Traffic Director provides service and endpoint discovery. These features let you group the virtual machine (VM) instances and container instances that run your code as endpoints of your services.
Traffic Director monitors these services so that it can share up-to-date information with its clients. Therefore, when one of your applications uses its Traffic Director client (such as an Envoy sidecar proxy) to send a request, it benefits from up-to-date information about your services.
In the context of Traffic Director, a client is application code that runs on a VM or container that formulates requests to send to a server. A server is application code that receives such requests. A Traffic Director client is an Envoy or gRPC or other xDS client that is connected to Traffic Director and is part of the data plane.
In the data plane, Envoy or gRPC does the following:
- It examines a request and matches the request to a backend service, a resource that you configure during deployment.
- After the request is matched, Envoy or gRPC chooses a backend or endpoint and directs the request to that backend or endpoint.
Traffic Director provides service discovery. When you configure Traffic Director, you create backend services. You also define routing rules that specify how an outbound request (a request sent by your application code and handled by a Traffic Director client) is matched to a particular service. When a Traffic Director client handles a request that matches a rule, it can choose the service that should receive the request.
- You have a VM running your application. This VM has an Envoy sidecar proxy that is connected to Traffic Director and handles outbound requests on behalf of the application.
- You configured a backend service named
payments. This backend service has two network endpoint group (NEG) backends that point to various container instances that run the code for your
- You configured a routing rule map that has a forwarding rule (with example
80), a target proxy, and a URL map (with example hostname
payments.example.comthat points to the
With this configuration, when your application (on the VM) sends an HTTP request
payments.example.com on port
80, the Traffic Director client knows that
this request is destined for the
When you use Traffic Director with proxyless gRPC services, service discovery works similarly. However, a gRPC library acting as a Traffic Director client only gets information about the services for which you specify an xDS resolver. By default, Envoy gets information about all services configured on the Virtual Private Cloud (VPC) network specified in the Envoy bootstrap file.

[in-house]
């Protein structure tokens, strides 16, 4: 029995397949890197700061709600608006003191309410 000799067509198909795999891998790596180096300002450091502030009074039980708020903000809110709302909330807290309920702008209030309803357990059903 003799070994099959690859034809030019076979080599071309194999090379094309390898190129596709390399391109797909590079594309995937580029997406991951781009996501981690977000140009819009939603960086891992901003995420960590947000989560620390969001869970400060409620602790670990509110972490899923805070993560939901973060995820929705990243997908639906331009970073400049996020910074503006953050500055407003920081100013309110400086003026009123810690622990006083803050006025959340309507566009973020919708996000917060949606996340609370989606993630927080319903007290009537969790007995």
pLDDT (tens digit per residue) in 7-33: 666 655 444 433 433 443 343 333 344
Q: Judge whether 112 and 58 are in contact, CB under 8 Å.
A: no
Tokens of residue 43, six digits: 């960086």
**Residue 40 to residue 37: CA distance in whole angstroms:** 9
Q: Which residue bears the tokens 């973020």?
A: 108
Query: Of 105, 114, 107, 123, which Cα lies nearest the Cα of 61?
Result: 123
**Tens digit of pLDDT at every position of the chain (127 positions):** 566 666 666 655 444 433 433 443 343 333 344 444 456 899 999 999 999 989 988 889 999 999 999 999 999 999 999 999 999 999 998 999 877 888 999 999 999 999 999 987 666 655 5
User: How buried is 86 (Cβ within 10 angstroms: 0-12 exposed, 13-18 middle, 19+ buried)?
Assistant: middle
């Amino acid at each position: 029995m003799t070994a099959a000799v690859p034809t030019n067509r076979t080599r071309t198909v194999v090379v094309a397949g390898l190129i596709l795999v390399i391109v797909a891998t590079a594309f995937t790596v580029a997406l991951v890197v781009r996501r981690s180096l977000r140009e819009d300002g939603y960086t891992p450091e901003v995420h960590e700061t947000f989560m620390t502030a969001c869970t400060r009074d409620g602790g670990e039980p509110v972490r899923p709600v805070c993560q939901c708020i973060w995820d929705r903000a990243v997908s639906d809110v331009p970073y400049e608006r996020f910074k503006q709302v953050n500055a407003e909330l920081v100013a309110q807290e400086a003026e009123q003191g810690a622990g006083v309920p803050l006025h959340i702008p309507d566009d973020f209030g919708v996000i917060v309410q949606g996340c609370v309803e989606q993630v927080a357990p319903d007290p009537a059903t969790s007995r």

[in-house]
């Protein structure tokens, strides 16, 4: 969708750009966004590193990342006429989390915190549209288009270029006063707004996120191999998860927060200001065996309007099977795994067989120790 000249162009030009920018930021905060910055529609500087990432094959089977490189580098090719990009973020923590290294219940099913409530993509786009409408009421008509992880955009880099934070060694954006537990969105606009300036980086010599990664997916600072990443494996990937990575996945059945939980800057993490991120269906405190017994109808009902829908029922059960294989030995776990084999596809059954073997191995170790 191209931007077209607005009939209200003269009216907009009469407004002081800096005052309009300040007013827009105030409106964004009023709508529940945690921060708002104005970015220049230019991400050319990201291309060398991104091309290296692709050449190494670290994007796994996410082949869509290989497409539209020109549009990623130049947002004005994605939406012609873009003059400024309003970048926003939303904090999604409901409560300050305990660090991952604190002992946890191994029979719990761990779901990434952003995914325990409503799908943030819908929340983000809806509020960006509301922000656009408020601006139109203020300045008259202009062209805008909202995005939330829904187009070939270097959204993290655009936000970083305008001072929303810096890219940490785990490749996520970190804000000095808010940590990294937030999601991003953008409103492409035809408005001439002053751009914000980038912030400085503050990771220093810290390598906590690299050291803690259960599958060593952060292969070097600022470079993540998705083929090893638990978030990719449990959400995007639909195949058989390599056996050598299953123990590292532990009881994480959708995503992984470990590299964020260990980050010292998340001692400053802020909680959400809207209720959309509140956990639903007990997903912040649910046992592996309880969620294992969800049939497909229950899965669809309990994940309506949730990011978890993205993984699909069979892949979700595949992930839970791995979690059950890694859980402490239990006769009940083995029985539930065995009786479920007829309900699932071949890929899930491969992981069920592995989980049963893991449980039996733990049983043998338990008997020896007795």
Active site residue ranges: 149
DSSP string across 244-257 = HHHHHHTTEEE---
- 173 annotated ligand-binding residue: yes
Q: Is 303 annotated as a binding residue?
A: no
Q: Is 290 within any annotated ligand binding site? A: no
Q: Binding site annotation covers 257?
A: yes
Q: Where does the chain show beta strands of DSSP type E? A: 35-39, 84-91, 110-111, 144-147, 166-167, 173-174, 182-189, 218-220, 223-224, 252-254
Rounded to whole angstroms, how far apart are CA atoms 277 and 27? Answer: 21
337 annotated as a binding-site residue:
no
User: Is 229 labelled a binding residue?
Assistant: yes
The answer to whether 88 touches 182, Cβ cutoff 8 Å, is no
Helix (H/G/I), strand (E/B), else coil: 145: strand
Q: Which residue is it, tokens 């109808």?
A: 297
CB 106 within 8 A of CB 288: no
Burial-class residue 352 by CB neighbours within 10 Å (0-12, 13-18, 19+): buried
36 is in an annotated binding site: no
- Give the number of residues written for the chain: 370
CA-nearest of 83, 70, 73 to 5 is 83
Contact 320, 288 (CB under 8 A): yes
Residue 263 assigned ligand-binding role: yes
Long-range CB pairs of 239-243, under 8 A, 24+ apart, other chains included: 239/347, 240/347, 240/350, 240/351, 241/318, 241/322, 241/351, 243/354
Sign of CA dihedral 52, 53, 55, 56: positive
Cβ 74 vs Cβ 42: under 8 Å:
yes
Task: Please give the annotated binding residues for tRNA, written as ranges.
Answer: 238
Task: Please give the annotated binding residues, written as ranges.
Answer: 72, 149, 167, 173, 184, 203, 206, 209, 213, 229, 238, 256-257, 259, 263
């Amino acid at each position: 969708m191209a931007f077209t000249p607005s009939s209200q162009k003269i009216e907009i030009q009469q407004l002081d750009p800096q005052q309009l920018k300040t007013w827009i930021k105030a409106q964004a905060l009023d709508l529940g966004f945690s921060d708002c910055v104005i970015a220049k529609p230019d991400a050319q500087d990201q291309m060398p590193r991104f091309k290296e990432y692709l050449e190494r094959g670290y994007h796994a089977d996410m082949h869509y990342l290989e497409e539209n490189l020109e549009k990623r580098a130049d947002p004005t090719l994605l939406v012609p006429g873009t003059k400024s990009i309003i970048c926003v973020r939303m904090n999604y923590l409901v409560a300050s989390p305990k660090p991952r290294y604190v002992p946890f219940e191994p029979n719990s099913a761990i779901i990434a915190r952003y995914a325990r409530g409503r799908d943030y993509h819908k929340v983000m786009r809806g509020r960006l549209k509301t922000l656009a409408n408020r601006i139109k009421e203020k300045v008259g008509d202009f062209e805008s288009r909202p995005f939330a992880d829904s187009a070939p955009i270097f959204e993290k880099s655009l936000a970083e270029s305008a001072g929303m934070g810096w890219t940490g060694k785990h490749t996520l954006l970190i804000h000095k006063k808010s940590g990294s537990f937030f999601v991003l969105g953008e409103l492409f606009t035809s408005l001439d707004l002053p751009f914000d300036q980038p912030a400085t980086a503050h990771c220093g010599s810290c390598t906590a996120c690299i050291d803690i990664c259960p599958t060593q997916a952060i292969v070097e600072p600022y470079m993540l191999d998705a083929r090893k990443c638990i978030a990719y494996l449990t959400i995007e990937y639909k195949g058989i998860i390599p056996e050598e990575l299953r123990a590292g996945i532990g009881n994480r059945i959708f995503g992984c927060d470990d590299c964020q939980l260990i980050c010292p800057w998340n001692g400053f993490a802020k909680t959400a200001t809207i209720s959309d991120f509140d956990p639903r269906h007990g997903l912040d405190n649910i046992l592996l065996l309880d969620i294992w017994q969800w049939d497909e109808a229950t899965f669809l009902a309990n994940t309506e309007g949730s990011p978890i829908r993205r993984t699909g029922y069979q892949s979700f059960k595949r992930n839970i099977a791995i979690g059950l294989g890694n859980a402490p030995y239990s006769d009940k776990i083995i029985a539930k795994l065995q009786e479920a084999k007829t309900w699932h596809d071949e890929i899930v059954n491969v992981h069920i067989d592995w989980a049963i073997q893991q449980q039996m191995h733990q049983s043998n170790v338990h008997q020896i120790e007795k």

Service discovery enables clients to know about your services. Endpoint discovery enables clients to know about the instances that are running your code.
When you create a service, you also specify the backends for that service. These backends are either VMs in managed instance groups (MIGs) or containers in NEGs. Traffic Director monitors these MIGs and NEGs so that it knows when instances and endpoints are created and removed.
Traffic Director continuously shares up-to-date information about these services with its clients. This information enables clients to avoid sending traffic to endpoints that no longer exist. It also enables clients to learn about new endpoints and take advantage of the additional capacity that these endpoints provide.
In the preceding example, Traffic Director returns the two healthy
endpoints in MIG-1 and the three healthy endpoints in MIG-2 for the service
shopping-cart. Beyond adding endpoints into MIGs or NEGs and
setting up Traffic Director, you don't need any additional
configuration to enable service discovery with Traffic Director.
Sidecar proxy traffic interception in Traffic Director
Traffic Director supports the sidecar proxy model. Under this model, when an
application sends traffic to its destination,
iptables intercept the traffic
and redirect it to the sidecar proxy on the host where the application
is running. The sidecar proxy decides how to load balance the traffic, and then
sends the traffic to its destination.
In the following diagram, which assumes that Traffic Director is correctly configured, Envoy is the sidecar proxy. The sidecar proxy is running on the same host as the application.
A sample service called
Web is configured on virtual IP address (VIP)
10.0.0.1:80 where Traffic Director can discover and load balance it.
Traffic Director discovers the setup through forwarding rule configuration,
which provides the VIP and port. The backends for the service
configured and function, but they are located outside the Compute Engine
VM host in the diagram.
Traffic Director decides that the optimal backend for traffic to the service
Web from the host is
The traffic flow in the diagram is as follows:
- The application sends traffic to the service
Web, which resolves to the IP address
- The netfilter on the host is configured so that traffic destined to
10.0.0.1:80is redirected to
- Traffic is redirected to
127.0.0.1:15001, the interception port of the Envoy proxy.
- The Envoy proxy interception listener on
127.0.0.1:15001receives the traffic and performs a lookup for the original destination of the request (
10.0.0.1:80). The lookup results in
192.168.0.1:8080being selected as an optimal backend, as programmed by Traffic Director.
- Envoy establishes a connection over the network with
192.168.0.1:8080and proxies HTTP traffic between the application and this backend until the connection is terminated.
- To learn how Traffic Director delivers global load balancing for your internal microservices with sidecar proxies, see Traffic Director load balancing.
- To learn more about Traffic Director, see the Traffic Director overview.